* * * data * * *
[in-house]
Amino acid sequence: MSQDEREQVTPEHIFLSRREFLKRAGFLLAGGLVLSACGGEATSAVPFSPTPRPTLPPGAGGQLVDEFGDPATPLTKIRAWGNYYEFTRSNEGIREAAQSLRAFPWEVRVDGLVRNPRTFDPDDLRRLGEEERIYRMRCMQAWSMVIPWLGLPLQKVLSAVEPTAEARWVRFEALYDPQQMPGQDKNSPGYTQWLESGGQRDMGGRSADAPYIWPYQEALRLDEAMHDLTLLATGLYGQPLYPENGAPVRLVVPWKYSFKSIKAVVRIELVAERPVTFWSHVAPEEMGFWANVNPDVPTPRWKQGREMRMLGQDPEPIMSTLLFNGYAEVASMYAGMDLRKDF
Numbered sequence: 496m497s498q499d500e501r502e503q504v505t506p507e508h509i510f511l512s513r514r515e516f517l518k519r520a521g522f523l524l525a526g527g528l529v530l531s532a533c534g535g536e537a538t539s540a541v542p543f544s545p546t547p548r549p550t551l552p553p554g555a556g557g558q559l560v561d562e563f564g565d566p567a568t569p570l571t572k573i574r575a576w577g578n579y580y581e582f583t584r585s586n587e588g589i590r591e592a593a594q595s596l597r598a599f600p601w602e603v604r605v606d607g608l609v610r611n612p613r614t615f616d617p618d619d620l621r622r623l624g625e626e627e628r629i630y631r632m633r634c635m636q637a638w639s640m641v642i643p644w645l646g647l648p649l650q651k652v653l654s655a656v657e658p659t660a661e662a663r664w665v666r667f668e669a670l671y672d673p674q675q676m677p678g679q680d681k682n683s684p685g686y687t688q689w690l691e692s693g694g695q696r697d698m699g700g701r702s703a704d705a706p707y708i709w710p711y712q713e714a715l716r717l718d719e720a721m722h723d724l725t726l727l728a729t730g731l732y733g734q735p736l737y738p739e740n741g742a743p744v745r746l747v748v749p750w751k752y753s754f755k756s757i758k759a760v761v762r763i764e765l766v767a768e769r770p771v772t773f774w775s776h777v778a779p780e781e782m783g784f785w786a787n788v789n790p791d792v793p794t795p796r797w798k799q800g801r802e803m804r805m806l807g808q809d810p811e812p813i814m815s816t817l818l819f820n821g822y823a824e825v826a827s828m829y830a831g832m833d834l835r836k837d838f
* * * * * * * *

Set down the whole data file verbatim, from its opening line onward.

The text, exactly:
[in-house]
Amino acid sequence: MSQDEREQVTPEHIFLSRREFLKRAGFLLAGGLVLSACGGEATSAVPFSPTPRPTLPPGAGGQLVDEFGDPATPLTKIRAWGNYYEFTRSNEGIREAAQSLRAFPWEVRVDGLVRNPRTFDPDDLRRLGEEERIYRMRCMQAWSMVIPWLGLPLQKVLSAVEPTAEARWVRFEALYDPQQMPGQDKNSPGYTQWLESGGQRDMGGRSADAPYIWPYQEALRLDEAMHDLTLLATGLYGQPLYPENGAPVRLVVPWKYSFKSIKAVVRIELVAERPVTFWSHVAPEEMGFWANVNPDVPTPRWKQGREMRMLGQDPEPIMSTLLFNGYAEVASMYAGMDLRKDF
Numbered sequence: 496m497s498q499d500e501r502e503q504v505t506p507e508h509i510f511l512s513r514r515e516f517l518k519r520a521g522f523l524l525a526g527g528l529v530l531s532a533c534g535g536e537a538t539s540a541v542p543f544s545p546t547p548r549p550t551l552p553p554g555a556g557g558q559l560v561d562e563f564g565d566p567a568t569p570l571t572k573i574r575a576w577g578n579y580y581e582f583t584r585s586n587e588g589i590r591e592a593a594q595s596l597r598a599f600p601w602e603v604r605v606d607g608l609v610r611n612p613r614t615f616d617p618d619d620l621r622r623l624g625e626e627e628r629i630y631r632m633r634c635m636q637a638w639s640m641v642i643p644w645l646g647l648p649l650q651k652v653l654s655a656v657e658p659t660a661e662a663r664w665v666r667f668e669a670l671y672d673p674q675q676m677p678g679q680d681k682n683s684p685g686y687t688q689w690l691e692s693g694g695q696r697d698m699g700g701r702s703a704d705a706p707y708i709w710p711y712q713e714a715l716r717l718d719e720a721m722h723d724l725t726l727l728a729t730g731l732y733g734q735p736l737y738p739e740n741g742a743p744v745r746l747v748v749p750w751k752y753s754f755k756s757i758k759a760v761v762r763i764e765l766v767a768e769r770p771v772t773f774w775s776h777v778a779p780e781e782m783g784f785w786a787n788v789n790p791d792v793p794t795p796r797w798k799q800g801r802e803m804r805m806l807g808q809d810p811e812p813i814m815s816t817l818l819f820n821g822y823a824e825v826a827s828m829y830a831g832m833d834l835r836k837d838f